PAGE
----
Last month, we began a journey into the much respected and revered literature of the First World War. Whether it was written during the war, directly after its ending, or twenty years later, literature of this time holds a universality that makes it applicable to our lives even almost a hundred years later. In our newsletter last month, we got ready for the 100 year anniversary of the war’s end by examining the role literature played for soldiers in the trenches as well as some of the most popular novelists and poets of the time. We saw the differences between Erich Maria Remarque and Ernest Hemingway, who both wrote on anti-war themes by focusing on the personal, the beautiful and the sad.
Other authors, such as Robert Graves and Siegfried Sassoon got behind a more personal, anti-war message in their writings – avoiding the sentimentality often seen by young writers of their generation and focusing more on the sheer brutality and horror of the war. Both writers were catapulted to fame, showing how popular all kinds of writing on the war could be – readers wanted the sentimentality – the love story of Hemingway, but also the truth from Robert Graves.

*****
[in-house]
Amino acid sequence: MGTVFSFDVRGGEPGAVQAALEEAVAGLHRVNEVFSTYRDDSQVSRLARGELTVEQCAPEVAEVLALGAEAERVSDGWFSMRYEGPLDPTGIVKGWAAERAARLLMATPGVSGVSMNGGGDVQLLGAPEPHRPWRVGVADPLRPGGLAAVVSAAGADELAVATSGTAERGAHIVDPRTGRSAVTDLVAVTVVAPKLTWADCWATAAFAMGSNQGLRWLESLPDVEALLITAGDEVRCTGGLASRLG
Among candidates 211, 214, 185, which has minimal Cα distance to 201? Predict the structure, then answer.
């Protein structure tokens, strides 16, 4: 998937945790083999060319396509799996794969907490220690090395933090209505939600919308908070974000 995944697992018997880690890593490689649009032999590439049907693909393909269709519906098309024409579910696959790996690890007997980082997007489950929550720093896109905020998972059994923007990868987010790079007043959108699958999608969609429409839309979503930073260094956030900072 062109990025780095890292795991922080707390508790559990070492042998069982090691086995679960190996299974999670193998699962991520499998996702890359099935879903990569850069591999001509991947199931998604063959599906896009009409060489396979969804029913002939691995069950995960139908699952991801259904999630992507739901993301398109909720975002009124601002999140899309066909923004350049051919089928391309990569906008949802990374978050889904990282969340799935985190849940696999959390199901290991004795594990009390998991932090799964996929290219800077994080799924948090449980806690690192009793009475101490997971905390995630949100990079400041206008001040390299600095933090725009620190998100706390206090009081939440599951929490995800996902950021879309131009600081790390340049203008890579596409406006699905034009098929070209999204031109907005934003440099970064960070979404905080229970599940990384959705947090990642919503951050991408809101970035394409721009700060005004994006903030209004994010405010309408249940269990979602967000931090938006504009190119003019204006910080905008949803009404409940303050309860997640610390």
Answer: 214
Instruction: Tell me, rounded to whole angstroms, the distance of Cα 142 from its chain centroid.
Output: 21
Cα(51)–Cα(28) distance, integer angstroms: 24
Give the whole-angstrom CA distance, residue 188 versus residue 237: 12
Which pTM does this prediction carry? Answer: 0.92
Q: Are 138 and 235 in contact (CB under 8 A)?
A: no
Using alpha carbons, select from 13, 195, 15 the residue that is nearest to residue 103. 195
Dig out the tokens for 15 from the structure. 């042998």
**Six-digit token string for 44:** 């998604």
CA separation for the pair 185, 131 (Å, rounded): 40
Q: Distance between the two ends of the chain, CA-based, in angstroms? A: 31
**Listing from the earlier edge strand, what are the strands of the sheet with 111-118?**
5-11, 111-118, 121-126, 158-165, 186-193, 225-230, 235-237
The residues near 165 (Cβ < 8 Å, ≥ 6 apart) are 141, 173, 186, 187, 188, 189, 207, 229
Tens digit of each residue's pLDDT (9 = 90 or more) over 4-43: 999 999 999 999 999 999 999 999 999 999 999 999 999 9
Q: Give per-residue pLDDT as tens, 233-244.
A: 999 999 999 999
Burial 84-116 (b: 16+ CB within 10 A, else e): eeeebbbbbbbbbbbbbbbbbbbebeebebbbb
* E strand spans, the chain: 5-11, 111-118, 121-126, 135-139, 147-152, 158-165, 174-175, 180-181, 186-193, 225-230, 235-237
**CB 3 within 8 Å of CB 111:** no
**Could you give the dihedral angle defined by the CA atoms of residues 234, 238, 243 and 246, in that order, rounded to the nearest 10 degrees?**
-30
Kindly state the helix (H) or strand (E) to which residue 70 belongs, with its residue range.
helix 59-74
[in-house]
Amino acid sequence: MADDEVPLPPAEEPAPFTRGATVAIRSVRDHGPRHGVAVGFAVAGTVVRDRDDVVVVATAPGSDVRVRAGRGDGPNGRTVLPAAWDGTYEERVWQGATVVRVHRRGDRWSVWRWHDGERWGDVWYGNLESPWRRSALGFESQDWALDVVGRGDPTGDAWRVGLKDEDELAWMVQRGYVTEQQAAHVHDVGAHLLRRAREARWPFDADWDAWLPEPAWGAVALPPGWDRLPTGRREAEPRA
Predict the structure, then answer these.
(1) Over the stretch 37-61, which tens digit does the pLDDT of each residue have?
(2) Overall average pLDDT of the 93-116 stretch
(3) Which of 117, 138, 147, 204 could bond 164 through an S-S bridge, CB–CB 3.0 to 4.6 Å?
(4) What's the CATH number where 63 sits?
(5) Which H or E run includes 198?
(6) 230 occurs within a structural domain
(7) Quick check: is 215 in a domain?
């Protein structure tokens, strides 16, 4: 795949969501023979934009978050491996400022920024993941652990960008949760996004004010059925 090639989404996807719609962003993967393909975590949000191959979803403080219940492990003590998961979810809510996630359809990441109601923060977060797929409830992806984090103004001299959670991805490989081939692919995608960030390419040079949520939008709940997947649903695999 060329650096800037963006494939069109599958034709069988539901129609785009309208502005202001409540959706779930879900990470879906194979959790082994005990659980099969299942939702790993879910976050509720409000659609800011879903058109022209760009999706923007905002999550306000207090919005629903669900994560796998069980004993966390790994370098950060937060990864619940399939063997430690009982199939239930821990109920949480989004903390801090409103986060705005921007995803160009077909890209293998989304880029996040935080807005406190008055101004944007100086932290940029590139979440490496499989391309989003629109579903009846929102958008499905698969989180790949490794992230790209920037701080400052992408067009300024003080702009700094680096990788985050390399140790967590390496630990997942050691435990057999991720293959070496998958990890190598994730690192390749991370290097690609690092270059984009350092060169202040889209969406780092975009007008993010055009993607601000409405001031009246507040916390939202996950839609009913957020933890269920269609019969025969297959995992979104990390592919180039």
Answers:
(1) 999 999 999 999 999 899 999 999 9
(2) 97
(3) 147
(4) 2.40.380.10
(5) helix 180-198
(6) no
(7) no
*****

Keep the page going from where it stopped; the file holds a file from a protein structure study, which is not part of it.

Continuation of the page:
As we see, literature of the First World War ranges vastly in different forms, different styles, and different themes. However, throughout it all we can see the absolute change war made on the idealistic young writers of the day. In fact, the difference in writing between the works of the First World War and the Second is clear – at the onset of the Second World War people were not so innocent anymore, they were attuned to the destructiveness of war and were far more realistic from the beginning. At this upcoming 100 year anniversary of the war, we remember the young men who fought for their countries and wrote vociferously on their experiences – experiences not so different from what young men and women experienced in the Second World War, in Vietnam, in Iraq, Afghanistan and everywhere war has affected the lives of all.